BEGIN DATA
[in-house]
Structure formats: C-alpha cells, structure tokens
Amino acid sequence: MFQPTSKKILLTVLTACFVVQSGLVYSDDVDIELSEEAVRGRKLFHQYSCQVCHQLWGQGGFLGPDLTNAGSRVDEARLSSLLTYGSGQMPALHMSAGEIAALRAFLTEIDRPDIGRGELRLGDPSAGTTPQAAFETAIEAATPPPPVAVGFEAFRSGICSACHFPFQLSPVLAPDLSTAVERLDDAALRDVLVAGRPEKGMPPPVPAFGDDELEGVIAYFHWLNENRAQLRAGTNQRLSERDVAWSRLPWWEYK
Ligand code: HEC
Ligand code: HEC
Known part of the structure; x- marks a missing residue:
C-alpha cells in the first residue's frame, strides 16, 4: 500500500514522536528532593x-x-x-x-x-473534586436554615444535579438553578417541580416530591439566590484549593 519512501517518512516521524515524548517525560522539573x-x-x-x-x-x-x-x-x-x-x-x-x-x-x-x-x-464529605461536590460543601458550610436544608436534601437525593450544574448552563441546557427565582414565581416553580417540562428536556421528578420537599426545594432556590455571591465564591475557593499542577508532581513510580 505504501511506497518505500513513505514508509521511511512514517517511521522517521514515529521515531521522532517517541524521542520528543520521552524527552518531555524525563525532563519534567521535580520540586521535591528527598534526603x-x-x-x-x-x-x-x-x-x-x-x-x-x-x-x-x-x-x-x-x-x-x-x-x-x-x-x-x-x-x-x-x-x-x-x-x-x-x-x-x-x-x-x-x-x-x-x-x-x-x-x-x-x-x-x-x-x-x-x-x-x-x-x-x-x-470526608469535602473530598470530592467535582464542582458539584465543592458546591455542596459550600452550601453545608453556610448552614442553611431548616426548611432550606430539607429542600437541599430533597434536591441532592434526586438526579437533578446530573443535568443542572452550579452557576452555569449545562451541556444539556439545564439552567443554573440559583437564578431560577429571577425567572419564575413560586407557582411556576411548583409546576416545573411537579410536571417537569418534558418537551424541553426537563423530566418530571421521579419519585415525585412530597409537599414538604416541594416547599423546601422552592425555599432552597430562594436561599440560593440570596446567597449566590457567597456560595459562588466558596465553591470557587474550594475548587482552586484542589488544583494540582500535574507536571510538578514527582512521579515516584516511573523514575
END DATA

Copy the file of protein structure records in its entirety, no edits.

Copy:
[in-house]
Structure formats: C-alpha cells, structure tokens
Amino acid sequence: MFQPTSKKILLTVLTACFVVQSGLVYSDDVDIELSEEAVRGRKLFHQYSCQVCHQLWGQGGFLGPDLTNAGSRVDEARLSSLLTYGSGQMPALHMSAGEIAALRAFLTEIDRPDIGRGELRLGDPSAGTTPQAAFETAIEAATPPPPVAVGFEAFRSGICSACHFPFQLSPVLAPDLSTAVERLDDAALRDVLVAGRPEKGMPPPVPAFGDDELEGVIAYFHWLNENRAQLRAGTNQRLSERDVAWSRLPWWEYK
Ligand code: HEC
Ligand code: HEC
Known part of the structure; x- marks a missing residue:
C-alpha cells in the first residue's frame, strides 16, 4: 500500500514522536528532593x-x-x-x-x-473534586436554615444535579438553578417541580416530591439566590484549593 519512501517518512516521524515524548517525560522539573x-x-x-x-x-x-x-x-x-x-x-x-x-x-x-x-x-464529605461536590460543601458550610436544608436534601437525593450544574448552563441546557427565582414565581416553580417540562428536556421528578420537599426545594432556590455571591465564591475557593499542577508532581513510580 505504501511506497518505500513513505514508509521511511512514517517511521522517521514515529521515531521522532517517541524521542520528543520521552524527552518531555524525563525532563519534567521535580520540586521535591528527598534526603x-x-x-x-x-x-x-x-x-x-x-x-x-x-x-x-x-x-x-x-x-x-x-x-x-x-x-x-x-x-x-x-x-x-x-x-x-x-x-x-x-x-x-x-x-x-x-x-x-x-x-x-x-x-x-x-x-x-x-x-x-x-x-x-x-x-470526608469535602473530598470530592467535582464542582458539584465543592458546591455542596459550600452550601453545608453556610448552614442553611431548616426548611432550606430539607429542600437541599430533597434536591441532592434526586438526579437533578446530573443535568443542572452550579452557576452555569449545562451541556444539556439545564439552567443554573440559583437564578431560577429571577425567572419564575413560586407557582411556576411548583409546576416545573411537579410536571417537569418534558418537551424541553426537563423530566418530571421521579419519585415525585412530597409537599414538604416541594416547599423546601422552592425555599432552597430562594436561599440560593440570596446567597449566590457567597456560595459562588466558596465553591470557587474550594475548587482552586484542589488544583494540582500535574507536571510538578514527582512521579515516584516511573523514575